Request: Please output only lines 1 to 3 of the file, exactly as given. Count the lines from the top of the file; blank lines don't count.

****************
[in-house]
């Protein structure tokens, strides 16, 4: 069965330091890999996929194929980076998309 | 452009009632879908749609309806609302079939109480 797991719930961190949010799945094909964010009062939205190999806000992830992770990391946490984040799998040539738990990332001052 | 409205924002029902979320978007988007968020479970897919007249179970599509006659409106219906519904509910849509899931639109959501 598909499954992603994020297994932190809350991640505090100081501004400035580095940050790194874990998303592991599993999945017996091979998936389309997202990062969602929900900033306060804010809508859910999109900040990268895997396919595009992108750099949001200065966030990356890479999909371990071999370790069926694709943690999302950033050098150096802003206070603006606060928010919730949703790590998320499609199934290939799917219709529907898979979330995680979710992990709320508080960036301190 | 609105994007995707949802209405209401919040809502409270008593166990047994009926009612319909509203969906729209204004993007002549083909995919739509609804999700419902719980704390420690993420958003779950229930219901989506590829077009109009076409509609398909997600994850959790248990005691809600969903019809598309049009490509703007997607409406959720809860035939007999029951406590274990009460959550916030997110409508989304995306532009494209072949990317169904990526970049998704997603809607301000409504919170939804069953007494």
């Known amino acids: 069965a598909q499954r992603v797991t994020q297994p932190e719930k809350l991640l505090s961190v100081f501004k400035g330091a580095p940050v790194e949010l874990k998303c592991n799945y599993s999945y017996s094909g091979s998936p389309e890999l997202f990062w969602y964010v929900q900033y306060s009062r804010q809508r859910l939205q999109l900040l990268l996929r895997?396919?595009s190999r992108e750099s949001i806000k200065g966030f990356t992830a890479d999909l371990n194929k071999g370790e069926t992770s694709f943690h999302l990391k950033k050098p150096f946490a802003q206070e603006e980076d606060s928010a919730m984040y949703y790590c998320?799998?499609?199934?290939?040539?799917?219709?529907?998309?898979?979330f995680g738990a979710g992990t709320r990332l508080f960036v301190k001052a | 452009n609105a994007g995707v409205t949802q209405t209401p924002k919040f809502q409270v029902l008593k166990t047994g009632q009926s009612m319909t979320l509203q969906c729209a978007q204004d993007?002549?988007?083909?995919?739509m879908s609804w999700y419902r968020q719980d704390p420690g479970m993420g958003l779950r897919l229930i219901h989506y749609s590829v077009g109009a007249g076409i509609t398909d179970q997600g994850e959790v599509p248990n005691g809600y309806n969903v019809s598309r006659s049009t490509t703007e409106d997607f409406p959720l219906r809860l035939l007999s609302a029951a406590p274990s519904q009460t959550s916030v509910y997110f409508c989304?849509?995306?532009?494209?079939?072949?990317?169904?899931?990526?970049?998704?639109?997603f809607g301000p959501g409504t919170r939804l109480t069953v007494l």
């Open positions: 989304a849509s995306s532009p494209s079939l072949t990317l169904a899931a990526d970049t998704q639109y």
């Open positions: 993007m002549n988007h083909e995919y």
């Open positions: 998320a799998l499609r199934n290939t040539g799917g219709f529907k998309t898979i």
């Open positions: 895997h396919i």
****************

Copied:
[in-house]
């Protein structure tokens, strides 16, 4: 069965330091890999996929194929980076998309 | 452009009632879908749609309806609302079939109480 797991719930961190949010799945094909964010009062939205190999806000992830992770990391946490984040799998040539738990990332001052 | 409205924002029902979320978007988007968020479970897919007249179970599509006659409106219906519904509910849509899931639109959501 598909499954992603994020297994932190809350991640505090100081501004400035580095940050790194874990998303592991599993999945017996091979998936389309997202990062969602929900900033306060804010809508859910999109900040990268895997396919595009992108750099949001200065966030990356890479999909371990071999370790069926694709943690999302950033050098150096802003206070603006606060928010919730949703790590998320499609199934290939799917219709529907898979979330995680979710992990709320508080960036301190 | 609105994007995707949802209405209401919040809502409270008593166990047994009926009612319909509203969906729209204004993007002549083909995919739509609804999700419902719980704390420690993420958003779950229930219901989506590829077009109009076409509609398909997600994850959790248990005691809600969903019809598309049009490509703007997607409406959720809860035939007999029951406590274990009460959550916030997110409508989304995306532009494209072949990317169904990526970049998704997603809607301000409504919170939804069953007494």
């Known amino acids: 069965a598909q499954r992603v797991t994020q297994p932190e719930k809350l991640l505090s961190v100081f501004k400035g330091a580095p940050v790194e949010l874990k998303c592991n799945y599993s999945y017996s094909g091979s998936p389309e890999l997202f990062w969602y964010v929900q900033y306060s009062r804010q809508r859910l939205q999109l900040l990268l996929r895997?396919?595009s190999r992108e750099s949001i806000k200065g966030f990356t992830a890479d999909l371990n194929k071999g370790e069926t992770s694709f943690h999302l990391k950033k050098p150096f946490a802003q206070e603006e980076d606060s928010a919730m984040y949703y790590c998320?799998?499609?199934?290939?040539?799917?219709?529907?998309?898979?979330f995680g738990a979710g992990t709320r990332l508080f960036v301190k001052a | 452009n609105a994007g995707v409205t949802q209405t209401p924002k919040f809502q409270v029902l008593k166990t047994g009632q009926s009612m319909t979320l509203q969906c729209a978007q204004d993007?002549?988007?083909?995919?739509m879908s609804w999700y419902r968020q719980d704390p420690g479970m993420g958003l779950r897919l229930i219901h989506y749609s590829v077009g109009a007249g076409i509609t398909d179970q997600g994850e959790v599509p248990n005691g809600y309806n969903v019809s598309r006659s049009t490509t703007e409106d997607f409406p959720l219906r809860l035939l007999s609302a029951a406590p274990s519904q009460t959550s916030v509910y997110f409508c989304?849509?995306?532009?494209?079939?072949?990317?169904?899931?990526?970049?998704?639109?997603f809607g301000p959501g409504t919170r939804l109480t069953v007494l």